So, when you think about summer travel safety, what comes to mind? Which beach you’ll be lounging on? Sunburns? Shark attacks? While sunburns and vacation plans are rational concerns most have when traveling during the summer, shark attacks are a new one.

4WWith all of the news of recent shark attacks, people are now anxious about wading into the waters, despite the fact that the chances of getting mauled by a shark are a whopping one in 3.7 million. No guarantees, of course, but your odds are looking pretty good.

Conversely, the odds of getting your identity stolen or your other valuable information compromised while on or planning for these fun summer trips with the family are much higher. So instead of worrying about sharks this summer, let’s worry about the real predators out there —online hackers and phishing scammers.

In order to ensure you and your family’s online safety while on vacation, you first have to find an ideal and preferably well-rated vacation spot to travel. The Web is replete with scam sites touting glorious vacation spots for bargain prices. Be wary because a lot of these locations are fictitious or are actual pictures of someone’s home “stolen” from, for instance, someone’s family blog or social media profile. The thief will then put up a fraudulent ad for renters and will request a wired upfront payment.

Book travel plans only via legitimate, reputable sites. McAfee® WebAdvisor is a tool you can use that will help to warn you of most unsafe web pages. Make sure to check reviews of any private lodgings and use legitimate, well-known travel review sites.

We all love to share what we’re doing on social media, especially kids, but avoid using location services when possible. According to the recent Intel Security study : Realities of Cyber Parenting , one in three children who are active on social media turn on location services for some or all of their social media accounts which can alert thieves that you are not home, making you vulnerable to break-ins.

Many users are unaware of these features, but the service is available, and probably enabled on almost all of your most used apps, such as Facebook, Twitter, Instagram, etc. In order to fully protect your online data, when your computer devices are not in use, the Wi-Fi, location services and Bluetooth all should be turned off. Educate your kids to disable these services and not to download apps that request this information to run.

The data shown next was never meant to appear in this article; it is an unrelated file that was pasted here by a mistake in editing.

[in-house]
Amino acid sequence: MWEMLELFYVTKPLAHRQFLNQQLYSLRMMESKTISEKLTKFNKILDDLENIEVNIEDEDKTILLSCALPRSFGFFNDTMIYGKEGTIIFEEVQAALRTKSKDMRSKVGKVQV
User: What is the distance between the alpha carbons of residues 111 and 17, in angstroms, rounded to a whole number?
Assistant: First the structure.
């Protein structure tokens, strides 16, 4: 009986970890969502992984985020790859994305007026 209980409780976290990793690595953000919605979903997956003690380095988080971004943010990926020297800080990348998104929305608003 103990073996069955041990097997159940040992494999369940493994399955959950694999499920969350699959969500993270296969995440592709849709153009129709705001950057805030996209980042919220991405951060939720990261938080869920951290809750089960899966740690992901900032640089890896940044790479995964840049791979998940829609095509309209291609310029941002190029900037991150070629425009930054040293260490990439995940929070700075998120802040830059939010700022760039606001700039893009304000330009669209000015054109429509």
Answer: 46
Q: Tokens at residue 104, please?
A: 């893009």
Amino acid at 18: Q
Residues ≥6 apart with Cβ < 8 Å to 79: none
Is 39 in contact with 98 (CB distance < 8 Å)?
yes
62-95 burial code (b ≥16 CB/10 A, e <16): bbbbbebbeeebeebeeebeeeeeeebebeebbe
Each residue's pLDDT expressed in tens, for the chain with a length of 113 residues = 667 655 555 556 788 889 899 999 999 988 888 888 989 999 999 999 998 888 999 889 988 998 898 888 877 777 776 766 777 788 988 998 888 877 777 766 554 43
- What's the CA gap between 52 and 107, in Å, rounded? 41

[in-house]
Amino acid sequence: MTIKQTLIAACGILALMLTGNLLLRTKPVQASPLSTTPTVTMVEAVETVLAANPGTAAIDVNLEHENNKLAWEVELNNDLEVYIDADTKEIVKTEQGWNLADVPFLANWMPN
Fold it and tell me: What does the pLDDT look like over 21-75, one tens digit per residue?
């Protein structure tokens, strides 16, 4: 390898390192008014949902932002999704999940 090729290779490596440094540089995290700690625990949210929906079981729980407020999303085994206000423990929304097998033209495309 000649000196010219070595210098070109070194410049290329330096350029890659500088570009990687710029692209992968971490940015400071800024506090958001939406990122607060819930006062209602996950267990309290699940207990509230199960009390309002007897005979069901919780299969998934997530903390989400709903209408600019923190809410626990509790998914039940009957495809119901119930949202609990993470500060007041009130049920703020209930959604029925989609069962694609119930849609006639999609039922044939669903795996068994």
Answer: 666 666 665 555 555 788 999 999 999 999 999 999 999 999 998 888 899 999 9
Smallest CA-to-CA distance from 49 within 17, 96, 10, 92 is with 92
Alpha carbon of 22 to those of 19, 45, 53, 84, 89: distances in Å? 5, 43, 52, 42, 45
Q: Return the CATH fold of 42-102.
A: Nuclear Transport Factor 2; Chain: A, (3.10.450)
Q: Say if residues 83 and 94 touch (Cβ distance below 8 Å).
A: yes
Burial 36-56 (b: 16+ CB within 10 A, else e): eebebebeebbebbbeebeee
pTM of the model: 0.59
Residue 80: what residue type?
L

Additional Safety Measures You Can Take:

  • Lock your luggage
  • Do not post your travel plans online
  • If you’re taking any computer devices along, back up all their data first
  • Power down, password-protect, and lock these devices prior to travel
  • The person next to you on the plane can visually eavesdrop while you type in login information—beware. Better yet, avoid computer use while on the plane, and watch movies instead
  • Never use public Wi-Fi, at least for important transactions including purchases. Not only can thieves snatch data out of the air, but cybercriminals can also install public computers with data-stealing gadgets. If you must use public Wi-Fi for sensitive communications, use a virtual private network (VPN), which will scramble your data

Even after taking all of these precautions before and during your trip, your job is not done! Once you return home from your trip, it is vital that you make sure all of your information and charges are accurate. Make sure to immediately check your online credit card statements for unauthorized charges—before you invest time posting all about your trip on social media. Credit card fraud or identity theft can occur in well under 24 hours, so don’t put off checking your card status when you come home.

Robert Siciliano is an Online Safety Expert to Intel Security. He is the author of 99 Things You Wish You Knew Before Your Mobile was Hacked!

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